NEW ORLEANS -- A 134-year-old French Quarter oyster dealer stopped shucking because fishing closures in the Gulf cut off the company's oyster supply.
Workers at P&J Oyster House, the supplier of seafood to many of the city's most famous restaurants, processed their final sacks of fresh Louisiana oysters, Thursday morning.
P&J co-owner Al Sunseri said the short supply left in the few remaining harvesting areas open in the Gulf finally ran out.
"I'm hopeful that it won't be that long and we'll be able to reopen areas, but it doesn't look that way because they cannot stop the oil from pouring into the gulf," said Sunseri.
Sunseri and his brother Sal have run the family business for the past 30 years.
They say with so many Gulf Coast oyster beds now threatened and closed by BP oil, this could be the end of an era at Rampart and Toulouse.
"We've opened oysters here at this location since 1921," said Sunseri. "The only time we ever truly missed a beat was during Hurricane Katrina when we were forced to leave."
Other Louisiana oyster companies feel P&J's pain. Last year, Motivatit Seafood in Houma processed about 25 million pounds of oysters.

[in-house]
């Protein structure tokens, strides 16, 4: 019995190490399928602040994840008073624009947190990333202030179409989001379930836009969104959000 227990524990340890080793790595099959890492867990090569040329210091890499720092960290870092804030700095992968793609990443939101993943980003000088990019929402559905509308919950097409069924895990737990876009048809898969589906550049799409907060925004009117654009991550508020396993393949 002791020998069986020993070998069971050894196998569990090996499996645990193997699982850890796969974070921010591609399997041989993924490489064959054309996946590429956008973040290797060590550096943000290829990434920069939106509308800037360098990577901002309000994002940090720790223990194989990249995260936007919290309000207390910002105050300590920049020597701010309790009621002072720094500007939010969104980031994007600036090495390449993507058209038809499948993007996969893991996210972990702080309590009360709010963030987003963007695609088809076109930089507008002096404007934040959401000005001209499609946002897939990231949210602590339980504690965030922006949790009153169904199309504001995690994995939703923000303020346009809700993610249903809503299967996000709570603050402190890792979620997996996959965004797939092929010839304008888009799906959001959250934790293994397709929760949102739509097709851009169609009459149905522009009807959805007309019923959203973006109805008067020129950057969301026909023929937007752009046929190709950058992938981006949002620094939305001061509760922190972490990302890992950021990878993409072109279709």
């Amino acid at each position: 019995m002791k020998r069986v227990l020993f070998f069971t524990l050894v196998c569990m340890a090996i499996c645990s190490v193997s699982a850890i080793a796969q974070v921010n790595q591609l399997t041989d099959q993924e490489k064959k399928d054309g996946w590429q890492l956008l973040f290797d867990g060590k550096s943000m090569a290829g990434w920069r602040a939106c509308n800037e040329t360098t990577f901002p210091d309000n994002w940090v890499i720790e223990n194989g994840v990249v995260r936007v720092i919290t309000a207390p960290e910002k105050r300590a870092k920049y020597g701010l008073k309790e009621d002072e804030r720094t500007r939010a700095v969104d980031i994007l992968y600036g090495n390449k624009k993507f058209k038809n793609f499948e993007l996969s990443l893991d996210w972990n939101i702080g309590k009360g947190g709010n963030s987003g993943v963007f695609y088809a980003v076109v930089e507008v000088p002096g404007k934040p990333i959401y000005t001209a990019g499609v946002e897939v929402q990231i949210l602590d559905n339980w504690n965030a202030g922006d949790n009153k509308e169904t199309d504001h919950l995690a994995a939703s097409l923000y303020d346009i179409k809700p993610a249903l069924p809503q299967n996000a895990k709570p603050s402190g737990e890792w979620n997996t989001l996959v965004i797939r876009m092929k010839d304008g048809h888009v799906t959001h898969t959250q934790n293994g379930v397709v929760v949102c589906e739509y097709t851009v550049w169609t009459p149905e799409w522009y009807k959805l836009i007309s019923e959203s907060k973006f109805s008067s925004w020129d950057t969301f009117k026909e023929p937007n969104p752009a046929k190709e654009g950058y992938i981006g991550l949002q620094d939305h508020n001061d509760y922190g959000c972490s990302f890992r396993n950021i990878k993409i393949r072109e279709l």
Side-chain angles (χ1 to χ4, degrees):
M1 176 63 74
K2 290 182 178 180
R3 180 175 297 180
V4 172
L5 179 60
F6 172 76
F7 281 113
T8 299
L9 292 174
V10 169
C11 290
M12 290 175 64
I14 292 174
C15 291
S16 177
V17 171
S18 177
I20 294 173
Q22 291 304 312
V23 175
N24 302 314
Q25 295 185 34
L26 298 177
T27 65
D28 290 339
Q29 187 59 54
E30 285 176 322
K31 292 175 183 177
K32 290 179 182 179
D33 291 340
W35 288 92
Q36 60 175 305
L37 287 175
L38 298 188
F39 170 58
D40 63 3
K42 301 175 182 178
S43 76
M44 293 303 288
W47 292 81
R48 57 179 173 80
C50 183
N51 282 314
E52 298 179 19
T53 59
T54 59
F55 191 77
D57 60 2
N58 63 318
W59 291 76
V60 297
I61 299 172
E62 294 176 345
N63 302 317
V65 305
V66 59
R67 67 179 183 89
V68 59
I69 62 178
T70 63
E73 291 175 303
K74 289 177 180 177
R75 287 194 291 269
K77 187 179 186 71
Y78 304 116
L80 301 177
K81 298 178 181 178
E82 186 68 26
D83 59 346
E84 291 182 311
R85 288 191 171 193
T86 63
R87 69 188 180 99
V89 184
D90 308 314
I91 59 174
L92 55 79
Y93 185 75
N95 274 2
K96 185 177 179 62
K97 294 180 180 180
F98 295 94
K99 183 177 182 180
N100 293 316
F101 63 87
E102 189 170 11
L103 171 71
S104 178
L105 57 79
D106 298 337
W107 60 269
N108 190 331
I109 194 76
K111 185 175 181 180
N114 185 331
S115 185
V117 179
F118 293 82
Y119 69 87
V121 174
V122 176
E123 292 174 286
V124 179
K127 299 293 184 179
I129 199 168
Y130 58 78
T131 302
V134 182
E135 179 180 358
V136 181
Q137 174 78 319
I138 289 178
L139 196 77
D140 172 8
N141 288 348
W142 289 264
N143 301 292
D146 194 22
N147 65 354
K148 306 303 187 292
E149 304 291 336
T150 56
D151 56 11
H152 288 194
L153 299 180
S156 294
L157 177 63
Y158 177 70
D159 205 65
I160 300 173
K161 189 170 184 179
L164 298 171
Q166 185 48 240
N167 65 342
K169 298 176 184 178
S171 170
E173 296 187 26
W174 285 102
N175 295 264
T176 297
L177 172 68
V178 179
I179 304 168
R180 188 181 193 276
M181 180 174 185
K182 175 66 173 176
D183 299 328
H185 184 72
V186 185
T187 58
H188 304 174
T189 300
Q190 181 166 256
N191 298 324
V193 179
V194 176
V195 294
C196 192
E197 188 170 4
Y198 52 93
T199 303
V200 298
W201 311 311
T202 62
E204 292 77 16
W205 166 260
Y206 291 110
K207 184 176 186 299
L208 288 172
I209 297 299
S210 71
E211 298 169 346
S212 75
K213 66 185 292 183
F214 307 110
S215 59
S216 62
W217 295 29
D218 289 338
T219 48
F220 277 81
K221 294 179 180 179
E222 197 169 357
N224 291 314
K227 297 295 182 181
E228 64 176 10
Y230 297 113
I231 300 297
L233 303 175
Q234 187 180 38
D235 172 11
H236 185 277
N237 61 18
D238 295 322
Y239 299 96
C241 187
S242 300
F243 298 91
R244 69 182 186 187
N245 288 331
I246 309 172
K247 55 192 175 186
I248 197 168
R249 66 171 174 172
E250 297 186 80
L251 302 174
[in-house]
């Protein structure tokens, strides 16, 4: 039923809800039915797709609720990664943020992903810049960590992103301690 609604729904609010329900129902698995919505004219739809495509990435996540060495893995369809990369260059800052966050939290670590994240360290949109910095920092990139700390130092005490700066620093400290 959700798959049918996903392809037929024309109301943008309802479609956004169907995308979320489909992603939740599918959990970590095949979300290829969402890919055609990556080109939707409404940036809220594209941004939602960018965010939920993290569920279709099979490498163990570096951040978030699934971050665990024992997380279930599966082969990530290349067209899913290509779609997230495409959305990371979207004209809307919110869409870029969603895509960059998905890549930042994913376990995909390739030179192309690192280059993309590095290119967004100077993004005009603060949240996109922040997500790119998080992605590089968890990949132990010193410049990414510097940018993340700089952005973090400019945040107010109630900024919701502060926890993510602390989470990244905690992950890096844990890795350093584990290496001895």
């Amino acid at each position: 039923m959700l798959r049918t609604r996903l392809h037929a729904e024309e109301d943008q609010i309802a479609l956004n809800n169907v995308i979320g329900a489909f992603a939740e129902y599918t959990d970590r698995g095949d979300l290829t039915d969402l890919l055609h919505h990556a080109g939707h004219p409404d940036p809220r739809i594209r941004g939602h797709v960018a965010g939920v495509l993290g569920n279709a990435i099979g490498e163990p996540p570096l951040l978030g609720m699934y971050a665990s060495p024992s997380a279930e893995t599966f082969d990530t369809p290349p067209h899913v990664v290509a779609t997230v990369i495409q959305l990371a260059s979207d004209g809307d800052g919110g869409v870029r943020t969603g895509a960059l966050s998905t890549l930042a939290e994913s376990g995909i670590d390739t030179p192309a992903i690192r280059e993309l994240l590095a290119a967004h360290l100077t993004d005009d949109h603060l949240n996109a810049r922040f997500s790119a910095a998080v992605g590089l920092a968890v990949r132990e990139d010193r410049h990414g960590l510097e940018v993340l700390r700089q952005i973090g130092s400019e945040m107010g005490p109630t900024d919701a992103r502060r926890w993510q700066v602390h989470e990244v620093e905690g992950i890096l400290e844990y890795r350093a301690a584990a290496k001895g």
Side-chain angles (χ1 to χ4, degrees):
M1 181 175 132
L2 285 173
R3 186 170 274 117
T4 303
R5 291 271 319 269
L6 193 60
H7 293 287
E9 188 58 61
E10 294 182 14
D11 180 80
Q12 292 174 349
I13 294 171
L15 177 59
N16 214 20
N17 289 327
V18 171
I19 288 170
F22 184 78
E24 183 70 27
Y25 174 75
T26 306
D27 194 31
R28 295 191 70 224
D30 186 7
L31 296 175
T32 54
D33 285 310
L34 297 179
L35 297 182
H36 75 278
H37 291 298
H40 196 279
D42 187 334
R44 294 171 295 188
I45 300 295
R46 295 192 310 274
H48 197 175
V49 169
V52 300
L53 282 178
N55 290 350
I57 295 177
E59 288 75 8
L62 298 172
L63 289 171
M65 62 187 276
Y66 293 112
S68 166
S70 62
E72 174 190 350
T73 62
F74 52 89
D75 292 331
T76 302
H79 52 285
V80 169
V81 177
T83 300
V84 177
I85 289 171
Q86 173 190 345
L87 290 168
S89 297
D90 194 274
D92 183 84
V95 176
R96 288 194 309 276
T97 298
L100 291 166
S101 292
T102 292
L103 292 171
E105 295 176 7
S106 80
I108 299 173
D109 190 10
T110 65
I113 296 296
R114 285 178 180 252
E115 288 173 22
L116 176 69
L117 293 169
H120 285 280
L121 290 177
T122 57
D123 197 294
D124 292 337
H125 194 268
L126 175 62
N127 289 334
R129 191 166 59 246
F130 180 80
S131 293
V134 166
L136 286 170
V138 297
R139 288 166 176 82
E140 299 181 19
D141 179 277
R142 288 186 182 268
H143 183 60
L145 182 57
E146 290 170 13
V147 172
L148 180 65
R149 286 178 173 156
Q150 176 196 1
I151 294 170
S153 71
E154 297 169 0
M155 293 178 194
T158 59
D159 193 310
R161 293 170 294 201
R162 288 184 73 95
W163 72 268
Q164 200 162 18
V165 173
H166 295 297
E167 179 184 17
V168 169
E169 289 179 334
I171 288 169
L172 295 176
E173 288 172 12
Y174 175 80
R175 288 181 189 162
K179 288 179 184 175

Even though most of the company's oyster leases are north and west of the BP spill, Motivatit VP Kevin Voisin said his business and supply of oysters has dropped off dramatically.
"There's days when this plant is completely empty," said Voisin. "There are days when we don't have anything to do."
He said that doesn't bode well for his 200 employees.
"It's rough," said Voisin. "There's not a lot happy. At this point people are just trying to find transition paths. We're trying to find what we can do. Is there life after oysters?"
As the P&J Oyster House shuts down its shucking operation, company owners are calling on BP to help make up for their employees lost wages.
"My game plan is to talk to BP to see if they're going to be able to take care of my friends and family that I've worked with here," said Sunseri.
Sunseri said BP should also offset his business losses, until the sacks of oysters return.
"I hope its shorter term, than longer term," said Sunseri. "This is all I've done for my entire adult life and I don't know what else I can do."
Oystermen say even if BP stops the leak and all of the oil is cleaned up, it could take five to 10 years to re-seed and replenish the oyster supply along the Louisiana coast.